Have a glorious, sunny day, and try adding kefir to your repertoire! For those of you who are new to kefir and would like to investigate further, I’m including the site and ‘recipe’ I use for mine. It will also give you an great overview of why kefir should ve a vital addition to everyone’s diet. I use goat milk as it is easier to digest than cow’s milk for me. Enjoy: Goat Milk Kefir.
Herbed Kefir Biscuits
The most flakey biscuit you will ever meet! Perfect for breakfast, or just slathered with butter and jam and a cuppa tea.
- 2 cups (250 g) unbleached AP flour
- 1 tbsp baking powder
- 1 tsp kosher salt
- 1/4 cup (56 g;1/2 stick) frozen unsalted butter
- 1 cup (230 g) kefir scant cup
- 2 tbsp chopped fresh herbs I used thyme, parsley and chervil. You can also try tarragon, chives and rosemary or any combo!
Heat oven to 425F
Whisk together the flour, baking powder and salt
Using the large holes on your grater, grate the butter into the flour mixture and mix lightly with your fingers until well distributed, and it looks like all the butter bits are covered with flour.
Add the chopped herbs you are using.
Pour in the kefir.
Stir just until all the dry bits are incorporated, no longer.
It should be sticky and shaggy, not wet. Sometimes humidity will affect this. You'll get used to your dough, and know when to add a splash extra liquid, or to flour your surface a bit more heavily. See next step.
Lightly flour the work surface and turn your dough out onto it. Lightly flour the top of your dough and use your hands to pat it out into a rectangle little over 1 inch thick.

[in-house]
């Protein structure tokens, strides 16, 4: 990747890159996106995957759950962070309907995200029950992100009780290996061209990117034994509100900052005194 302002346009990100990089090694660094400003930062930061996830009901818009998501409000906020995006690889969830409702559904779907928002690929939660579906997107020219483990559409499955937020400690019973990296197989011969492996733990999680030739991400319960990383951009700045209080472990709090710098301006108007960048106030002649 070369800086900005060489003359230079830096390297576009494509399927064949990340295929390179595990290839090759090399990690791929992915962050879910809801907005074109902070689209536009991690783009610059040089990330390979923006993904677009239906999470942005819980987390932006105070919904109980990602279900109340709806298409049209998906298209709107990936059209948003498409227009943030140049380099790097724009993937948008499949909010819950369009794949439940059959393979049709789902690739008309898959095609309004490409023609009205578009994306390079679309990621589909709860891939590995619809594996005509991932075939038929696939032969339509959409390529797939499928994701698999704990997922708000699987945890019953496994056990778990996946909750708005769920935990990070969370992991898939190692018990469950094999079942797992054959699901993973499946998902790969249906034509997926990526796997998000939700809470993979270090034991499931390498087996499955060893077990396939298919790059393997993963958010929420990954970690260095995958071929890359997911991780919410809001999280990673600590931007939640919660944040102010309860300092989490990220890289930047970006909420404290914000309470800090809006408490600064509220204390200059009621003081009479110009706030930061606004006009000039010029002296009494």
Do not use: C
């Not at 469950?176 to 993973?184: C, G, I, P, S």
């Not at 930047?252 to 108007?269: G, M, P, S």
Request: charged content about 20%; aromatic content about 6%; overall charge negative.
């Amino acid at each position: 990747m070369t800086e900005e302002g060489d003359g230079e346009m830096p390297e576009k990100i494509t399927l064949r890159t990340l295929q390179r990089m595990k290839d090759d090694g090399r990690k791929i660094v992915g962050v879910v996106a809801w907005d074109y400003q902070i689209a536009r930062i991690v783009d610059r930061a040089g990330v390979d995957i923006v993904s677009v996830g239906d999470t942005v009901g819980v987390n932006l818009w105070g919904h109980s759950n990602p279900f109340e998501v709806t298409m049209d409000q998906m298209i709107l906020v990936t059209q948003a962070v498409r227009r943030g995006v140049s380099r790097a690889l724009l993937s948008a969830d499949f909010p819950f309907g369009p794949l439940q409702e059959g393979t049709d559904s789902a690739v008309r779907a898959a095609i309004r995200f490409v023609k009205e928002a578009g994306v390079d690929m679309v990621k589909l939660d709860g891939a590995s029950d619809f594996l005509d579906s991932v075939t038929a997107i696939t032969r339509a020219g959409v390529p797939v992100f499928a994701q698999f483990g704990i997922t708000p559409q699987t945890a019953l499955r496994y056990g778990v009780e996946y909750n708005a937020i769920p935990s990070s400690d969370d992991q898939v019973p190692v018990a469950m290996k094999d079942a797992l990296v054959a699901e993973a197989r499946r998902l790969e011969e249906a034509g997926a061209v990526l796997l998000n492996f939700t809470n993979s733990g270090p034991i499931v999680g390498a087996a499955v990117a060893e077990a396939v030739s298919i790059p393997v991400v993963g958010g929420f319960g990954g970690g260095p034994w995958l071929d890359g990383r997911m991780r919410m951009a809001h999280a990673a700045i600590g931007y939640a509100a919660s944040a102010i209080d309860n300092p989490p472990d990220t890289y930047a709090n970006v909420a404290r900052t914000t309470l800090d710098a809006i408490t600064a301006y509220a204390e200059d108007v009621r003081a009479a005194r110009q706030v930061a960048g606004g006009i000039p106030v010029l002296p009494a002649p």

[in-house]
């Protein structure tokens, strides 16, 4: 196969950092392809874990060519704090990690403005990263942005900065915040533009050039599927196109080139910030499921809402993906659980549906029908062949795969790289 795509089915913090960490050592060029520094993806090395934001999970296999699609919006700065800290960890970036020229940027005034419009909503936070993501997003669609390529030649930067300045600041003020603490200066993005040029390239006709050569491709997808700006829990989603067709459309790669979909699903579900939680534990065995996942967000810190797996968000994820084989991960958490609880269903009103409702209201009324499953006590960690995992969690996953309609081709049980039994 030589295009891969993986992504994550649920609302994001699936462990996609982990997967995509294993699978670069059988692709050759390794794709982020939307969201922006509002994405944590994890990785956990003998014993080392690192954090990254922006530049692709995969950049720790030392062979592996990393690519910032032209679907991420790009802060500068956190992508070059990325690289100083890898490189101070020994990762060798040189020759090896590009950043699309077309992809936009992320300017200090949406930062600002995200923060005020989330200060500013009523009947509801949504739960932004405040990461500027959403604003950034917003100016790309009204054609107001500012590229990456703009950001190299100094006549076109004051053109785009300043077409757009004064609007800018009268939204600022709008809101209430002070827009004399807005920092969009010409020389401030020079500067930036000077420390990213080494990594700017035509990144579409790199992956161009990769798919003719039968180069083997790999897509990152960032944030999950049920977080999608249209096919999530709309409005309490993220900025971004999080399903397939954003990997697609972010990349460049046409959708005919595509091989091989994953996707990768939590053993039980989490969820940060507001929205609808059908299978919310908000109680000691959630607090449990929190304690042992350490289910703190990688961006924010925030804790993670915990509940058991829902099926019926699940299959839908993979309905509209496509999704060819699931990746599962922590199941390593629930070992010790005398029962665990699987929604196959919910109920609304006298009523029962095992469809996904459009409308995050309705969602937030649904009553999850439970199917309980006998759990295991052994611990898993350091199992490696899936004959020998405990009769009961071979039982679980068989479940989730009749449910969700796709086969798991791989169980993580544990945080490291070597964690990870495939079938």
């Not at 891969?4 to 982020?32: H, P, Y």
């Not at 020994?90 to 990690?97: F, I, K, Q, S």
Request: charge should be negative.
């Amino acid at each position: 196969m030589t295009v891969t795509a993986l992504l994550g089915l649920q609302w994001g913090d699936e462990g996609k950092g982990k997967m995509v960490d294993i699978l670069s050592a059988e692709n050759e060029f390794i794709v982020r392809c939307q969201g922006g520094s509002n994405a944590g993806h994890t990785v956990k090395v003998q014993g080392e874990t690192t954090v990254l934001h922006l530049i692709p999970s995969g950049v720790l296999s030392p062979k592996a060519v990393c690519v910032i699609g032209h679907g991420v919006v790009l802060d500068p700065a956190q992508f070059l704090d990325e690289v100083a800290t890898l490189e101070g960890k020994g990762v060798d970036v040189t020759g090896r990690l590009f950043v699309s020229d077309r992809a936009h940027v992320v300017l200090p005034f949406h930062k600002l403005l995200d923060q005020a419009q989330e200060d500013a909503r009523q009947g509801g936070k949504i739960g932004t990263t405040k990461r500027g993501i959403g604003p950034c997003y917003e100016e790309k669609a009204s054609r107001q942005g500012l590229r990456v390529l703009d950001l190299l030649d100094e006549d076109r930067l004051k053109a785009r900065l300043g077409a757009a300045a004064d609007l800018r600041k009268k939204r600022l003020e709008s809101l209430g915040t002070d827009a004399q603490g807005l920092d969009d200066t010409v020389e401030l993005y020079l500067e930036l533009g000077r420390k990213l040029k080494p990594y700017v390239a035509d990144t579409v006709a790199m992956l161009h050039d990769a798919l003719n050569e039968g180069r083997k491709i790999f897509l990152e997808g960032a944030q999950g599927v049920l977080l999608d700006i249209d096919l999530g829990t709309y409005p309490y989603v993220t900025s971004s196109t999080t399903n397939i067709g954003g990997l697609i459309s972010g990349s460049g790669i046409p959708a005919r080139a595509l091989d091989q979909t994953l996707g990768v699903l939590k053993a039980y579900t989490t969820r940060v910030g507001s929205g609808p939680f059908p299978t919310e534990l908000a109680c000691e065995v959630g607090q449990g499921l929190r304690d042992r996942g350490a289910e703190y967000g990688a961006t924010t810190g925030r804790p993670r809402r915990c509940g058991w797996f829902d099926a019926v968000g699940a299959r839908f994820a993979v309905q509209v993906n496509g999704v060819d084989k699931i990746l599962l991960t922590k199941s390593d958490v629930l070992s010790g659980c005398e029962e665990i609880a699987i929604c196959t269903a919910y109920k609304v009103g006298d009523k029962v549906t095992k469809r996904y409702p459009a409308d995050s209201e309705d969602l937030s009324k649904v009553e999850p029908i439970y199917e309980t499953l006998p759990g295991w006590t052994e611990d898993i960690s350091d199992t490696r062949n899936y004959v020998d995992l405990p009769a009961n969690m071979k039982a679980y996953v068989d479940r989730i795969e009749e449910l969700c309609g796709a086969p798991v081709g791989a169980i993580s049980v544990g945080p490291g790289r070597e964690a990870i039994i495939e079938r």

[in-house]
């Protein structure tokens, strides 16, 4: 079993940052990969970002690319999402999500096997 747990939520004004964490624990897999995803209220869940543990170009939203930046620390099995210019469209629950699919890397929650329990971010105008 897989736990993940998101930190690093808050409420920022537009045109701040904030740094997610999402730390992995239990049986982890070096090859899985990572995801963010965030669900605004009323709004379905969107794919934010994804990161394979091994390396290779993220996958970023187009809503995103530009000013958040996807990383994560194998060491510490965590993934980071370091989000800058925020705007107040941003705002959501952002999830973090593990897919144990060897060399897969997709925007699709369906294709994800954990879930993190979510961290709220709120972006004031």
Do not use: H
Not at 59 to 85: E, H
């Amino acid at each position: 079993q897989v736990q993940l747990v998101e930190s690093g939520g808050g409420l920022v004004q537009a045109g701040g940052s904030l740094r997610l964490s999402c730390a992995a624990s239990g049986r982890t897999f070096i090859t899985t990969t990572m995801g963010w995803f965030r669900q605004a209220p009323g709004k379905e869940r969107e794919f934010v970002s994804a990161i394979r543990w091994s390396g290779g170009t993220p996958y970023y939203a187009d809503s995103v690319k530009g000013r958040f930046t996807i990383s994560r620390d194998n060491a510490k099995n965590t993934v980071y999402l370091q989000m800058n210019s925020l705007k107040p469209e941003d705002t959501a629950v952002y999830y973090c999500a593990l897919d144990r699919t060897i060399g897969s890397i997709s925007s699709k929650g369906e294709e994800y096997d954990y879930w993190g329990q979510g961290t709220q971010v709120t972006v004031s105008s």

Fold that rectangle towards you. Rotate the dough counter clockwise and roll it out gently using a rolling pin. Use a bouncing motions from the centre of the dough, careful not to crush the out edges and destroy the layers. It's important to roll very gently.
Repeat the folding and rolling two more times. Sometimes I add an extra fold if I'm feeling extra 'foldy'!
Roll the dough out to about an 1 1/4 inch (35 mm) thick. Using a floured biscuit cutter, cut your biscuits (be sure not to twist the cutter or it will seal the outer edges and they won't rise well) Gently gather and re-roll the dough until it is all used up.
Place the cut biscuits onto a parchment covered baking sheet, so that the biscuits are just touching (a slight kiss!) each other. This will ensure that they can help each other rise.
I don't brush them with anything, I like them simple. But you could easily wash them with either egg, or a bit of kefir for a glaze. Sprinkle them with salt and pepper if you want.
Bake for 10-15 minutes depending on the size of your biscuits, the weather, and your oven. They should be golden brown and fluffily cooked through.
Enjoy them warm with all manner of honey, sausage, jams, ham, and of course, grass fed butter.
This recipe is truly about the process. Don't skimp on the directions to roll and fold. And also the idea of placing them on the baking sheet so that they are just touching, a bare kiss, really does work!
Obviously you can make these with buttermilk.
if you want to make these a sweet biscuit (for strawberries and whipped cream) cut back on the salt and add 3 tbsp of sugar. Use mint or thyme as your herb of choice.
Adapted from Local Milk, Flakey and Fluffy Buttermilk Biscuits